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Fellows with the Tutu Kampu community and local chief Same in Wayana territory, Suriname.

Fellows with the Tutu Kampu community and local chief Same in Wayana territory, Suriname. Photo by Martin Kingman

November 17, 2023

Emergent Indigenous Leaders Share Aspirations at the Leadership Fellows Program in the Amazon

Participants from Brazil, Ecuador, Guyana, and Suriname have come together to enhance leadership development and succession in their communities.

Emerging Indigenous leaders from the Amazon region have come together as the second cohort of Nia Tero's Leadership Fellows Program in Amazonia for 2023.

They come from different parts of the Amazon and nurture their own Indigenous traditions, knowledge, and lifeways. But they are all bound together by the aspiration for a better future for their communities, the ecosystems they inhabit, and Mother Earth.

The primary objective of Nia Tero's twelve-month program is to enhance leadership development and succession, as well as uplift ancestral knowledge and traditional forms of governance. The program aims at reinforcing Indigenous guardianship by having fellows connect with their local leadership.

This year's cohort includes 1 Wayana and 1 Tiriyo fellow from Brazil, 4 Achuar fellows from Ecuador, 1 Arecuna and 3 Patamona fellows from Guyana, and 4 Wayana fellows from Suriname. They recently completed their initial six-month training period, which involved three learning sessions in key territories of the Amazon region.

Grounded in Indigenous teaching methods, the fellowship aims to empower new Indigenous generations to assume essential roles within their territories, rooted in ancestral knowledge passed down through their communities.

The program has been thoughtfully structured to address the needs of both the fellows and their communities, promoting the preservation of Indigenous culture and spirituality, while also facilitating meaningful intergenerational and intercultural exchanges.

Indigenous leaders for the present and future

In 2023, three training sessions took place, the first one in Achuar territory, Ecuador (9-13 March), the second one in Macushi territory, Guyana (29 June-2 July), and the third one in Wayana territory, Suriname (29 September - 6 October 2023).

“I came to Ecuador to participate in this training, to learn more about protecting our land, territories, the forest, and different kinds of leadership because I am interested in what it is to be a leader,” said Hellerie Pelenapin (Wayana people) from Suriname during the first training session. “When you are a leader, you need to go back to your community and its dreams and hopes. Based on that, I can make decisions together with the community.”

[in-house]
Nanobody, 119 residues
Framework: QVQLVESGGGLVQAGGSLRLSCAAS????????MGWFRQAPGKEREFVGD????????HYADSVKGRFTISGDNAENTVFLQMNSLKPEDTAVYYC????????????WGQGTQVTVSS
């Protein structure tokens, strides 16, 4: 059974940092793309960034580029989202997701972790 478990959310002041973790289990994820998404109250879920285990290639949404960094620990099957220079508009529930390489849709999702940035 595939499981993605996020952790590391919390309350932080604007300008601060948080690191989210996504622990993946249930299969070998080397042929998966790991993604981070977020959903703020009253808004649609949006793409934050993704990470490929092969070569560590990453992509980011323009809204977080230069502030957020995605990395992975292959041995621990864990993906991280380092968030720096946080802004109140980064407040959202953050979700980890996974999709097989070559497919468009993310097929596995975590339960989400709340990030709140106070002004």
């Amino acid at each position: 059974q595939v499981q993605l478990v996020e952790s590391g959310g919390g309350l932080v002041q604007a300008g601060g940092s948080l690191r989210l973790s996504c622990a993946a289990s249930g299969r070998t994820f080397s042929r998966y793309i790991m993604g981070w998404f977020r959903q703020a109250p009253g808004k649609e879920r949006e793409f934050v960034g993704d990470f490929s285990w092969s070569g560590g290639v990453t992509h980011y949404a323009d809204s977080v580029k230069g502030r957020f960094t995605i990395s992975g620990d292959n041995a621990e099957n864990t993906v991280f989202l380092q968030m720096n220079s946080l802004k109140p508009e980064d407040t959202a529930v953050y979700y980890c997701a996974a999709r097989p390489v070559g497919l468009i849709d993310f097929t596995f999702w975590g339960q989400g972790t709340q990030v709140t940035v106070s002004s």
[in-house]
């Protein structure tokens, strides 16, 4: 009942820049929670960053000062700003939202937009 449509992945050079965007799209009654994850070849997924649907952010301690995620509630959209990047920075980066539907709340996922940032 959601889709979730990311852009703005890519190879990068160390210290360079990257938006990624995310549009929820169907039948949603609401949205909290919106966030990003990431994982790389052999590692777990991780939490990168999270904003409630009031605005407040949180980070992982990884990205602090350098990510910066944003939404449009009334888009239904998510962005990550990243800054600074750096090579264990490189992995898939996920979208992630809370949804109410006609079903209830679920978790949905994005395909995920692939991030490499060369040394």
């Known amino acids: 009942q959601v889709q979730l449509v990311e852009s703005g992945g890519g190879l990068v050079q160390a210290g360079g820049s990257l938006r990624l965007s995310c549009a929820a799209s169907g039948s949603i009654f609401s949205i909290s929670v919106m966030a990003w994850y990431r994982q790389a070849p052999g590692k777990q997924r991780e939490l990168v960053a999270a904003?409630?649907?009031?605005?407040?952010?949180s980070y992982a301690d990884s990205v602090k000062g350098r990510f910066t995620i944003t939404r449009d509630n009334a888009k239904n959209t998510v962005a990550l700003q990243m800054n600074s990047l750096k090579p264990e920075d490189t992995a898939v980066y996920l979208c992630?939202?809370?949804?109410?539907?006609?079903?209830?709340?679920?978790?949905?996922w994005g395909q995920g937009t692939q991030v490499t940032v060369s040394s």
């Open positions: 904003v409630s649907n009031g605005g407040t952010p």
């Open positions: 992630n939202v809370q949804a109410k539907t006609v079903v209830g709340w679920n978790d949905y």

The discussions revolved around several pivotal topics concerning Indigenous guardianship in the present and future. The fellows collectively expressed their concerns regarding the climate crisis and reflected on the significance of Indigenous governance, knowledge, and practices in promoting self-determination while safeguarding the environment. They also envisioned a brighter future for their territories that aligns with their aspirations.

"The program is very helpful in delivering knowledge to young leaders. This way, we get to understand the different types of leadership and learn from each other by exchanging knowledge,” said fellow Kemal Robinson, from the Patamona People in Guyana. “It has also opened up to ways in which we can develop our territories while keeping our customs and traditions alive as a people.”

With the first semester completed, it is now time for the fellows to utilize the wealth of knowledge they have exchanged so far and apply it to the next phase of the initiative, which is focused on project implementation.

By crafting projects, fellows find innovative solutions together with communities amidst the range of crises that impact Indigenous Peoples, such as language and culture loss and extractive industries in their territories. Nia Tero provides fellows with guidance on project design and a grant to fund project implementation.

"We encourage fellows to coordinate with their community leaders and figure out how they can support. By working on these projects, they already start leading and addressing the concerns of their territories”, said Joel Cerda, Andes Amazon Lead and Leadership Fellows Program Coordinator. “The fellows come full of ideas and start dreaming of what their territories can become in the future and what is their role in supporting those processes."

The Leadership Fellows Program is a hybrid leadership training established in 2019 to strengthen emergent leaders from Nia Tero’s trust-based partnerships. It is organized and run by Nia Tero, with training sessions conceived and facilitated by LifeMosaic.

Nia Tero works with Indigenous peoples and local communities that share a collective territory and have a vision for the future that maintains living connections to place and culture while sustaining inter-generational anchoring in remarkable ecosystems.